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"Man Enough To Do It"? Girls and Non-Traditional Subjects in Lower Secondary Education

Author

Listed:
  • Emer Smyth

    (Economic and Social Research Institute (ESRI))

  • Merike Darmody

    (Economic and Social Research Institute (ESRI))

Abstract

This article examines the processes influencing the choice of non-traditional subjects by girls in lower secondary education in the Republic of Ireland. In particular, we focus on the traditionally ?male? technological subjects, namely, Materials Technology (Wood), Metalwork and Technical Graphics. Analyses are based on detailed case-studies of twelve secondary schools, placing them in the context of national patterns of subject take-up. Strong gender differentiation persists in the take-up of these technological subjects. Commonalities are evident across schools in the way in which the subjects are constructed as ?male?. However, some students, both female and male, actively contest these labels, and school policy and practice regarding subject provision and choice can make a difference to take-up patterns. It is argued that the persistent gendering of subjects has implications for the skills acquired by students, their engagement in education, and the education, training and career opportunities open to them on leaving school.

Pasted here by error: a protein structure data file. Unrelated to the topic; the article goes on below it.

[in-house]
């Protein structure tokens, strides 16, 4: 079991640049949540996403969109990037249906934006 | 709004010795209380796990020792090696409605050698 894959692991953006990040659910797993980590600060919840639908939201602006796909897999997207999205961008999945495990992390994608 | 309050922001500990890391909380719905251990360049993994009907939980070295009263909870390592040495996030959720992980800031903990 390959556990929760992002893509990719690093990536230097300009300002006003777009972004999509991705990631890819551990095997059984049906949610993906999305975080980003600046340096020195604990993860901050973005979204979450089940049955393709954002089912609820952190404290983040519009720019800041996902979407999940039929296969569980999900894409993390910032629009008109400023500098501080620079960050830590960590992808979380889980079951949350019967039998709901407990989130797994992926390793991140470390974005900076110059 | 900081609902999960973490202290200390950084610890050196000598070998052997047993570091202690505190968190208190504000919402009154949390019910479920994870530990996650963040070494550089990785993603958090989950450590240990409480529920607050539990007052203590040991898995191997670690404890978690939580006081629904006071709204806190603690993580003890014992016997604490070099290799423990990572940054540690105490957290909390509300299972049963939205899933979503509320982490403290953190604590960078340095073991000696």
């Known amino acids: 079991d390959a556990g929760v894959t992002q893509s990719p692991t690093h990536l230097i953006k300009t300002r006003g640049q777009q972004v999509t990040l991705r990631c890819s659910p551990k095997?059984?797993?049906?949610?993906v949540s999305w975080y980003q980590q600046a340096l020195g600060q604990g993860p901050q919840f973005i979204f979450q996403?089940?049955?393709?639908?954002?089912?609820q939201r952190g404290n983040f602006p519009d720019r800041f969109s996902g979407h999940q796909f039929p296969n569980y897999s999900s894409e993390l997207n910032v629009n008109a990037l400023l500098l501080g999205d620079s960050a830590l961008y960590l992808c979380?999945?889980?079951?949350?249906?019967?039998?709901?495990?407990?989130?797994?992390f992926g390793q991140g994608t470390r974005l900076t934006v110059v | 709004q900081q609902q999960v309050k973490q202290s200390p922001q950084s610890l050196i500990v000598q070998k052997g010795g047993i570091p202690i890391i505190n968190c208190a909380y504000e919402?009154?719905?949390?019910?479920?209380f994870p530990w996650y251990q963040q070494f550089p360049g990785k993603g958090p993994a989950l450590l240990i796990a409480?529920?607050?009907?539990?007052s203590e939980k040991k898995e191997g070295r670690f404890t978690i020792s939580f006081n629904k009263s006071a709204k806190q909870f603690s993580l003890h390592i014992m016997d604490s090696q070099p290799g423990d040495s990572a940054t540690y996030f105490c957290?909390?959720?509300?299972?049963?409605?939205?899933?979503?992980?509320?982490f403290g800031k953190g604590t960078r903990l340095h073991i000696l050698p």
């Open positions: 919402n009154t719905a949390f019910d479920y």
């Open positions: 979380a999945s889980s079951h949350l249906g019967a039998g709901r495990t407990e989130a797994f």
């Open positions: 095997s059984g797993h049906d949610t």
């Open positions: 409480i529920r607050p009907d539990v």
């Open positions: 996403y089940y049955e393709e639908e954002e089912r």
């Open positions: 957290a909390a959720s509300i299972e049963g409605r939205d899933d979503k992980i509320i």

Suggested Citation

  • Emer Smyth & Merike Darmody, 2007. ""Man Enough To Do It"? Girls and Non-Traditional Subjects in Lower Secondary Education," Papers WP198, Economic and Social Research Institute (ESRI).
  • Handle: RePEc:esr:wpaper:wp198
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    File URL: http://www.esri.ie/pubs/WP198.pdf
    File Function: First version, 2007
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    References listed on IDEAS

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    1. Emer Smyth, 2002. "Gender Differentiation and Early Labour Market Integration across Europe," MZES Working Papers 46, MZES.
    2. repec:esr:resser:bkmnext65 is not listed on IDEAS
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    Cited by:

    1. Keane, Claire & Russell, Helen & Smyth, Emer, 2017. "Female participation increases and gender segregation," Papers WP564, Economic and Social Research Institute (ESRI).

    More about this item

    Keywords

    gender; subject choice; stereotyping; lower secondary education;

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